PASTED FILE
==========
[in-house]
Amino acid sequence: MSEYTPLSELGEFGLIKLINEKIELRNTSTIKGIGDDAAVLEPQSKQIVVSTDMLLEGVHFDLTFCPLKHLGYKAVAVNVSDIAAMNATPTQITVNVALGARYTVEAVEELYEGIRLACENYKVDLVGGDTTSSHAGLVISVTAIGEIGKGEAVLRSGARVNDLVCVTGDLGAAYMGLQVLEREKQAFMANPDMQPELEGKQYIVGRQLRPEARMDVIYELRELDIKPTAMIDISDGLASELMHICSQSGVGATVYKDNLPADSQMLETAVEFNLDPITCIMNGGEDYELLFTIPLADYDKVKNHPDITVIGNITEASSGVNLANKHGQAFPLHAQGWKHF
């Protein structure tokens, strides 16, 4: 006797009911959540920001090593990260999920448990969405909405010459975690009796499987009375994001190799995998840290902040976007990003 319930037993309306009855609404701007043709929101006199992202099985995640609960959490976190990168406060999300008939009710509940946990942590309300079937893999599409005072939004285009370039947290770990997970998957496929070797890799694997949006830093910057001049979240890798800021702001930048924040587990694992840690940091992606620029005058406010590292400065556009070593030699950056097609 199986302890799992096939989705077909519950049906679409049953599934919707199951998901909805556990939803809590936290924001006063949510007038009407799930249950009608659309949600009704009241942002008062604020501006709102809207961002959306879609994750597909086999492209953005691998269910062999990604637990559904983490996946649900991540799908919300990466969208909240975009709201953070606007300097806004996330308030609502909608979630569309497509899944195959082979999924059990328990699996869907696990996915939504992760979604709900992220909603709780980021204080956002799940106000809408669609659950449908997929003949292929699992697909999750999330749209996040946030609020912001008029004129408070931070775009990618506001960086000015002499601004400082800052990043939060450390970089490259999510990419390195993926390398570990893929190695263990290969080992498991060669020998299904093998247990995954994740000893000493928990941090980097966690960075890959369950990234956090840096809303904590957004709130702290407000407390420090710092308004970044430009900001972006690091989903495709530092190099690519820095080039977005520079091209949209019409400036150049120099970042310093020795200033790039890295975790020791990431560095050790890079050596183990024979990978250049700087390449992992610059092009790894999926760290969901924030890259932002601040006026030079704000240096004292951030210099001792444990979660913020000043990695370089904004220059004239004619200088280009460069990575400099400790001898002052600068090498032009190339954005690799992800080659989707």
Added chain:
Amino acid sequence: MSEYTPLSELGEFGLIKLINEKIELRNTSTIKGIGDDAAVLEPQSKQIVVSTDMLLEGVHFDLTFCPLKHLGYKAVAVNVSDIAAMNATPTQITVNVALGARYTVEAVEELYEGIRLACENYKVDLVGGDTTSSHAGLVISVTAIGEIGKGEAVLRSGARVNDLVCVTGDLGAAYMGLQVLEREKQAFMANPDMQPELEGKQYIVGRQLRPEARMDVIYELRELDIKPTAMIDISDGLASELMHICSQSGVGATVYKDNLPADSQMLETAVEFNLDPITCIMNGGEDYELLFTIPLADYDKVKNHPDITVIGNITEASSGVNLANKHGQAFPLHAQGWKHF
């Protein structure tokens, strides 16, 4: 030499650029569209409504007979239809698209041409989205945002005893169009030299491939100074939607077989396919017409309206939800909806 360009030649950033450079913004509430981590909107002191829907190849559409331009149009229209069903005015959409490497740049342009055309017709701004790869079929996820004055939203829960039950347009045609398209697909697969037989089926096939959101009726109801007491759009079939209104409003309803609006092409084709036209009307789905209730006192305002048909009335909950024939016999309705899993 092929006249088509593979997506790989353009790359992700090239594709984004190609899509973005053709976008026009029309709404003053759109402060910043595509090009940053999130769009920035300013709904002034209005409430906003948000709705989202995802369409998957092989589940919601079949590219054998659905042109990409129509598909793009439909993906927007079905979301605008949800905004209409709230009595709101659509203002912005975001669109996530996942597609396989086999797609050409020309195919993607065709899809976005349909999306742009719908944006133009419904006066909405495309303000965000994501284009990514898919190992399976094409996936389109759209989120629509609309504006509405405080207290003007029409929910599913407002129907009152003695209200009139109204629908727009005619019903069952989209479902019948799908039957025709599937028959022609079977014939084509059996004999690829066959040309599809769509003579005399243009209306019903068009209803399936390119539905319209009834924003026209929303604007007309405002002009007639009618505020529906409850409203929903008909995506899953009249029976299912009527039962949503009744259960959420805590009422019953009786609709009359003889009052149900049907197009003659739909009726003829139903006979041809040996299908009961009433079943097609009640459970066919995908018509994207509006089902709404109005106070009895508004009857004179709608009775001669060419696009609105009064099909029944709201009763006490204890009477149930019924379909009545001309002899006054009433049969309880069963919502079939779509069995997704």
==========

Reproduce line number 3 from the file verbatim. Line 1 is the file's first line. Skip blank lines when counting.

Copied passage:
């Protein structure tokens, strides 16, 4: 006797009911959540920001090593990260999920448990969405909405010459975690009796499987009375994001190799995998840290902040976007990003 319930037993309306009855609404701007043709929101006199992202099985995640609960959490976190990168406060999300008939009710509940946990942590309300079937893999599409005072939004285009370039947290770990997970998957496929070797890799694997949006830093910057001049979240890798800021702001930048924040587990694992840690940091992606620029005058406010590292400065556009070593030699950056097609 199986302890799992096939989705077909519950049906679409049953599934919707199951998901909805556990939803809590936290924001006063949510007038009407799930249950009608659309949600009704009241942002008062604020501006709102809207961002959306879609994750597909086999492209953005691998269910062999990604637990559904983490996946649900991540799908919300990466969208909240975009709201953070606007300097806004996330308030609502909608979630569309497509899944195959082979999924059990328990699996869907696990996915939504992760979604709900992220909603709780980021204080956002799940106000809408669609659950449908997929003949292929699992697909999750999330749209996040946030609020912001008029004129408070931070775009990618506001960086000015002499601004400082800052990043939060450390970089490259999510990419390195993926390398570990893929190695263990290969080992498991060669020998299904093998247990995954994740000893000493928990941090980097966690960075890959369950990234956090840096809303904590957004709130702290407000407390420090710092308004970044430009900001972006690091989903495709530092190099690519820095080039977005520079091209949209019409400036150049120099970042310093020795200033790039890295975790020791990431560095050790890079050596183990024979990978250049700087390449992992610059092009790894999926760290969901924030890259932002601040006026030079704000240096004292951030210099001792444990979660913020000043990695370089904004220059004239004619200088280009460069990575400099400790001898002052600068090498032009190339954005690799992800080659989707």